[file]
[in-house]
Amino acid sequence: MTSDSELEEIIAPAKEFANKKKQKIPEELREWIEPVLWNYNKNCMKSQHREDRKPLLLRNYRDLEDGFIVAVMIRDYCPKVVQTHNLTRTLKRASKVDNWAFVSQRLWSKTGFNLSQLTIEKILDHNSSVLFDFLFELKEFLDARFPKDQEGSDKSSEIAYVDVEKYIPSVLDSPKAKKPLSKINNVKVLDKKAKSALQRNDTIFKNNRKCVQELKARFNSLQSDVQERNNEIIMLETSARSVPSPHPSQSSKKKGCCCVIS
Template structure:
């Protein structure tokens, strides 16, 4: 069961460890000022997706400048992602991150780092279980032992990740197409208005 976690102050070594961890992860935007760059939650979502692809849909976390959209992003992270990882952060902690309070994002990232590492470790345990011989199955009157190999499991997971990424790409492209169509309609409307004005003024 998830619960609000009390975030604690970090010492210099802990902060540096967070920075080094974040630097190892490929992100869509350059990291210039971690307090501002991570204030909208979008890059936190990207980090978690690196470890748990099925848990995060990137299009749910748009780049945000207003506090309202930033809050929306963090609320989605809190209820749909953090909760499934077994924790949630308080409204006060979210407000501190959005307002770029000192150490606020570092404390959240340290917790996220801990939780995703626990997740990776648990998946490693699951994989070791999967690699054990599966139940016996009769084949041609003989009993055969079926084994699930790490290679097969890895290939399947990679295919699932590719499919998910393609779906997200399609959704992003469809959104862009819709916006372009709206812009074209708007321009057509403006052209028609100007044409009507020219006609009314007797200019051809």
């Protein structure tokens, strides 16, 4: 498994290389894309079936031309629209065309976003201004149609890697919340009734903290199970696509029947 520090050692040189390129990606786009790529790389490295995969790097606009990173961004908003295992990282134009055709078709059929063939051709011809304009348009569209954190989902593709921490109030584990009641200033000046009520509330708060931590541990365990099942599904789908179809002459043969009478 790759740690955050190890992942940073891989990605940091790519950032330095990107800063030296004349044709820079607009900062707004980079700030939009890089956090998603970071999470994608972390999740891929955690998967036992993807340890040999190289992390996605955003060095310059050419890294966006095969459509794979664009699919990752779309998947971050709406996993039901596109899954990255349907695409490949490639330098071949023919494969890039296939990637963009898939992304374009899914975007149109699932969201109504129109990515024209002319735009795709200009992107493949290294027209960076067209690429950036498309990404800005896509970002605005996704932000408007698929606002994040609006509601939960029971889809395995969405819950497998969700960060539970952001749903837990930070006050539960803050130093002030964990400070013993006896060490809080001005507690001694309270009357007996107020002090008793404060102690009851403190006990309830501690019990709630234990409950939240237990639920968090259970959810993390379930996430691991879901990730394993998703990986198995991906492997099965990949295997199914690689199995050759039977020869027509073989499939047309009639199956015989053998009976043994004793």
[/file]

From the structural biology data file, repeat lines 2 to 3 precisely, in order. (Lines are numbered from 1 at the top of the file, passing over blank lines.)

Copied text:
Amino acid sequence: MTSDSELEEIIAPAKEFANKKKQKIPEELREWIEPVLWNYNKNCMKSQHREDRKPLLLRNYRDLEDGFIVAVMIRDYCPKVVQTHNLTRTLKRASKVDNWAFVSQRLWSKTGFNLSQLTIEKILDHNSSVLFDFLFELKEFLDARFPKDQEGSDKSSEIAYVDVEKYIPSVLDSPKAKKPLSKINNVKVLDKKAKSALQRNDTIFKNNRKCVQELKARFNSLQSDVQERNNEIIMLETSARSVPSPHPSQSSKKKGCCCVIS
Template structure: